© Stephen Thomas Erlewine /TiVo

More info

No Quarter

Jimmy Page

launch qobuz app I already downloaded Qobuz for Windows / MacOS Open

download qobuz app I have not downloaded Qobuz for Windows / MacOS yet Download the Qobuz app

Copy the following link to share it

You are currently listening to samples.

Listen to over 70 million songs with an unlimited streaming plan.

Listen to this album and more than 70 million songs with your unlimited streaming plans.

1
Nobody's Fault But Mine
00:04:06

Robert Plant, Producer, MainArtist, ComposerLyricist - Jimmy Page, Producer, MainArtist, ComposerLyricist

℗ 1994 Mercury Records Limited

2
Thank You
00:05:48

Robert Plant, Producer, MainArtist, ComposerLyricist - Jimmy Page, Producer, MainArtist, ComposerLyricist

℗ 1994 Mercury Records Limited

3
No Quarter
00:03:45

Robert Plant, Producer, MainArtist, ComposerLyricist - Jimmy Page, Producer, MainArtist, ComposerLyricist - John Paul Jones, ComposerLyricist

℗ 1994 Mercury Records Limited

4
Friends
00:04:36

Robert Plant, Producer, MainArtist, ComposerLyricist - Jimmy Page, Producer, MainArtist, ComposerLyricist

℗ 1994 Mercury Records Limited

5
Yallah
00:04:59

Robert Plant, Producer, MainArtist, ComposerLyricist - Jimmy Page, Producer, MainArtist, ComposerLyricist

℗ 1994 Mercury Records Limited

6
City Don't Cry
00:06:08

Robert Plant, Producer, MainArtist, ComposerLyricist - Jimmy Page, Producer, MainArtist, ComposerLyricist

℗ 1994 Mercury Records Limited

7
Since I've Been Loving You
00:07:30

Robert Plant, Producer, MainArtist, ComposerLyricist - Jimmy Page, Producer, MainArtist, ComposerLyricist - John Paul Jones, ComposerLyricist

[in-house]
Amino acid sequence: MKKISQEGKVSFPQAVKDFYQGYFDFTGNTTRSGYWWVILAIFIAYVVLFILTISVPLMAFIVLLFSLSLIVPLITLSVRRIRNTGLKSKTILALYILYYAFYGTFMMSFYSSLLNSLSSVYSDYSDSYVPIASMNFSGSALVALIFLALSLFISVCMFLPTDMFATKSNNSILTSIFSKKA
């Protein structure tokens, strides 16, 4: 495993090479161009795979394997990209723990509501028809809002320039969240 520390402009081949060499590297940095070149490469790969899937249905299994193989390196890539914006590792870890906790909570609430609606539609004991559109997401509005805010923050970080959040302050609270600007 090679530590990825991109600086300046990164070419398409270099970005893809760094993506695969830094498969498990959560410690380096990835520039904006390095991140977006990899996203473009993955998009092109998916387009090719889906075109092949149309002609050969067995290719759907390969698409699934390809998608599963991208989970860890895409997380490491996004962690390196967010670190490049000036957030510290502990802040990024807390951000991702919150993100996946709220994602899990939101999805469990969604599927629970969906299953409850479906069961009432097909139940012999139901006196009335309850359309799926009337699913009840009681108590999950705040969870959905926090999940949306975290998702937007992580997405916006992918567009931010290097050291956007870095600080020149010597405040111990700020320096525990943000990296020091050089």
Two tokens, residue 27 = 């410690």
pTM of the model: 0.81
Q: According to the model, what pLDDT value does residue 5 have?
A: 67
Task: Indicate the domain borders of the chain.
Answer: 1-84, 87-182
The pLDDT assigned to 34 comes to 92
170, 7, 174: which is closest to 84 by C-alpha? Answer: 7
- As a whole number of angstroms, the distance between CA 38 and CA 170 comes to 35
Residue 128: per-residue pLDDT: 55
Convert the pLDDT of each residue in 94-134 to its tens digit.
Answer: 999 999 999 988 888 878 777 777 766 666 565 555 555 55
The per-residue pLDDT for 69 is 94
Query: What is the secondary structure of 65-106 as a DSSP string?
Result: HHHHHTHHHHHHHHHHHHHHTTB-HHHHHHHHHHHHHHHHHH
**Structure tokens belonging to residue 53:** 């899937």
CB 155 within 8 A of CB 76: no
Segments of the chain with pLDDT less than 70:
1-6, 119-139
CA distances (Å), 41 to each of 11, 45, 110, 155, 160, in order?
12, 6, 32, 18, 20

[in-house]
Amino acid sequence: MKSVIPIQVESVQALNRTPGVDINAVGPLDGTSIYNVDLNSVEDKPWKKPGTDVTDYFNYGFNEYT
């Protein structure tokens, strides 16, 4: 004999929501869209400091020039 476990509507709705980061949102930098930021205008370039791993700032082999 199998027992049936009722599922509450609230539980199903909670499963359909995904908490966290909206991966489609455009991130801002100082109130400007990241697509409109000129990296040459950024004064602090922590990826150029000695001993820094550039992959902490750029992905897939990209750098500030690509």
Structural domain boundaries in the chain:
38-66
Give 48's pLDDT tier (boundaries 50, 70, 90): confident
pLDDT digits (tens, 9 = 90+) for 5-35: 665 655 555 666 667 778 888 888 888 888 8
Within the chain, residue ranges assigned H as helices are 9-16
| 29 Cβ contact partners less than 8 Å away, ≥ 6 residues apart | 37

℗ 1994 Mercury Records Limited

8
Battle Of Evermore
00:06:41

Robert Plant, Producer, MainArtist, ComposerLyricist - Jimmy Page, Producer, MainArtist, ComposerLyricist

℗ 1994 Mercury Records Limited

9
Wonderful One
00:04:57

Robert Plant, Producer, MainArtist, ComposerLyricist - Jimmy Page, Producer, MainArtist, ComposerLyricist

℗ 1994 Mercury Records Limited

10
Wah Wah
00:03:59

Robert Plant, Producer, MainArtist, ComposerLyricist - Jimmy Page, Producer, MainArtist, ComposerLyricist

℗ 1994 Mercury Records Limited

11
That's The Way
00:05:35

Robert Plant, Producer, MainArtist, ComposerLyricist - Jimmy Page, Producer, MainArtist, ComposerLyricist

℗ 1994 Mercury Records Limited

12
Gallows Pole
00:04:09

Traditional, ComposerLyricist - Robert Plant, Producer, Arranger, Work Arranger, MainArtist - Jimmy Page, Producer, Arranger, Work Arranger, MainArtist

℗ 1994 Mercury Records Limited

13
Four Sticks
00:04:52

Robert Plant, Producer, MainArtist, ComposerLyricist - Jimmy Page, Producer, MainArtist, ComposerLyricist

℗ 1994 Mercury Records Limited

14
Kashmir
00:12:27

Robert Plant, Producer, MainArtist, ComposerLyricist - Jimmy Page, Producer, MainArtist, ComposerLyricist - John Bonham, ComposerLyricist

℗ 1994 Mercury Records Limited

Album Description